Godless in the garden

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Godless in the garden

Welcome to gardeners, growers of veggies, fruits, flowers, and trees!  

 

Welcome  backyard hen enthusiasts, worm farmers, beekeepers & composters!

Location: Planet Earth
Members: 161
Latest Activity: 4 hours ago

Welcome to Eden!

If you like to dig in the dirt, plant & prune, grow food & flowers, or sit and watch as someone else does your landscaping, you'll find something here to discuss!

Selected topics, in no particular order:
Moon Phase Widget here. Moon phase topic here.
What's your gardening style?
Frugal gardening.
Backyard Chickens here. here. here. here.
Growing Fruits
Wild Parsnip - It can burn skin.
Why buy locally-grown plants?
Squirrels.
bees.
Cheap gardening.
Buy locally grown plants to prevent blight transmission here.
Grow lots of fruits in a small space, by backyard orchard culture.

Sentient Biped's Garden Blog. Happy to add a different feed if there are suggestions.

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Comment by Dominic Florio on March 24, 2013 at 2:17pm

Yes my Platycerium does live outside all year.  Yes it can freeze very easily, but attached to the live oak, it is in a micro climate.  I have never had it damaged.  I do know of people who have had to build tents around theirs.  It depends on where you position the plant.  That is the trick to many tropicals in Florida.  It also depends on age.  Many plants will die in a freeze, but if you can get them to grow for a few years and put on some size, they will do much better.     My goal is to constantly create islands of plants, which are micro climates for the plants and sanctuaries for wildlife, who can move easily from one island to another.  The tighter I plant and the more I mulch, the better protected the plants become.  This means dealing with weeds.  It is just a fact of life.  When they get really big, they are easily pulled and I feed them to the chickens, guinea pigs, rabbits, and goats.

Comment by Dominic Florio on March 24, 2013 at 2:03pm

Today it comes in a lot of colors and with variegated leaves, which is my favorite.  I am a sucker for anything with variegation.  It is very thorny and birds love to nest in it.  One of my future projects is to increase my Bouganvilla plants.

Comment by A Former Member on March 24, 2013 at 10:29am

Wow, that all sounds so wonderful Dominic. Kudos to you for keeping track of your wildlife. (BTW, do you ever listen to the Living on Earth radio program?)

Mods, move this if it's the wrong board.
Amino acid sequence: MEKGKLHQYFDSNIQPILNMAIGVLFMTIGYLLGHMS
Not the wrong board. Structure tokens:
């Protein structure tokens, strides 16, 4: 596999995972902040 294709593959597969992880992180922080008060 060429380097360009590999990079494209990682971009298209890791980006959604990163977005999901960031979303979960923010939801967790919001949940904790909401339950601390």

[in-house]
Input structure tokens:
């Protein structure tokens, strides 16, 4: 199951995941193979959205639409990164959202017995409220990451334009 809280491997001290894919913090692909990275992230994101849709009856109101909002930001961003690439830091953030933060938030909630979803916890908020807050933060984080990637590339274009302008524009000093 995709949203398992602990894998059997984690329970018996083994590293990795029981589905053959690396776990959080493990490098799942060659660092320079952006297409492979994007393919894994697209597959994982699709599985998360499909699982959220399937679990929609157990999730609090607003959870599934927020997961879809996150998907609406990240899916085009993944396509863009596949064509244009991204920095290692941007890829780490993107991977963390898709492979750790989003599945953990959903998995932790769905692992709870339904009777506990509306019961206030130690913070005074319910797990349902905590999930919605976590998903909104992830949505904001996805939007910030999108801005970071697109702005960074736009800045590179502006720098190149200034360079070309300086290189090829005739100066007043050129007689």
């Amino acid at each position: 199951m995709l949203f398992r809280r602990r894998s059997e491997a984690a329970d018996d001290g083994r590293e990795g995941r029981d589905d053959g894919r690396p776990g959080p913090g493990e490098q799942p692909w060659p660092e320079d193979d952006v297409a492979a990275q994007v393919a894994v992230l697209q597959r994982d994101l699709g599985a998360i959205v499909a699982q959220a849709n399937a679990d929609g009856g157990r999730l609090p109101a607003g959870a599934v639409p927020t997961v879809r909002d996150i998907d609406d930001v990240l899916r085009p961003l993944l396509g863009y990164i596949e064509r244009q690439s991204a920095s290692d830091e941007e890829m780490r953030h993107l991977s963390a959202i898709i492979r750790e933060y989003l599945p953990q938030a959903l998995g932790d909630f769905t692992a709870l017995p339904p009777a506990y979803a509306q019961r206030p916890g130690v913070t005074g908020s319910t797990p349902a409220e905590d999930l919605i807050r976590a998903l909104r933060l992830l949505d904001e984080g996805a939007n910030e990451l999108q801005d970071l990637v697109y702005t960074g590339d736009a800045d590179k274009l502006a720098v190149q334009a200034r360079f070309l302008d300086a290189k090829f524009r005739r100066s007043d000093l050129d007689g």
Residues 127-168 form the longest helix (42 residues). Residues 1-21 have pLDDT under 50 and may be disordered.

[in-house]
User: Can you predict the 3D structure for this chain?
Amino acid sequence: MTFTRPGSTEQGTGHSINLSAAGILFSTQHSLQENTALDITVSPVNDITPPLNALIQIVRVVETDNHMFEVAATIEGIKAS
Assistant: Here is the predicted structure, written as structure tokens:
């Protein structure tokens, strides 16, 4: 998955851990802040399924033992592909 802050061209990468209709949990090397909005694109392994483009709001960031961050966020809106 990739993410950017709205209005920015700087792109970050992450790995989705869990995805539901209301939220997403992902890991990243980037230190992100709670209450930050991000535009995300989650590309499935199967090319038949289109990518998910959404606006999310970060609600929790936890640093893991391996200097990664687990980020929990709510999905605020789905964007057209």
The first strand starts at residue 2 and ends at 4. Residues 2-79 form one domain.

I love Bouganvilla. It is so pretty and just has an old-south mystique to it, imo. It is actually too cold in North Texas for it to survive the winter, so you rarely see it planted anywhere. 

For you Northerners not familiar with Bouganvilla, here are some pics:

Comment by A Former Member on March 24, 2013 at 10:17am

Those are pretty. Seems to me I've seen those used in flower arrangements. I suspect they come in many different colors?

Comment by Sentient Biped on March 24, 2013 at 10:06am

Chris, the clivias are beautiful!  We grow them too.  So dramatic and durable.  We let them go dry for the winter, then start watering in spring. Thank you for posting!

Comment by Plinius on March 24, 2013 at 7:30am

Isn't it nice that we have an atheist flower? Clivia miniata or kaffir lily: kaffir is Arabic for unbeliever. Mine flowers like mad.

Comment by Plinius on March 24, 2013 at 2:02am

I love your garden, Dominic! Can your Platycerium live outside the whole year round?

I'll upload some pictures of my ´garden´, when it turns green -  it's a long wait for spring this year.

Comment by Dominic Florio on March 24, 2013 at 12:42am

Wow!  Happy and safe cats as well as happy and safe birds.

Comment by Joan Denoo on March 24, 2013 at 12:31am

Thanks Dominic. Lots of ideas for keeping cats in and out. Now here is a doozie ... must be real cat lovers:

the walkway to the new cat sanctuary

This walkway from house to garden really indicates a devotion to their cats! 

Comment by Dominic Florio on March 24, 2013 at 12:18am

Anyone who wants to make the journey is welcome for lunch.  Wouldn't that be great.

 

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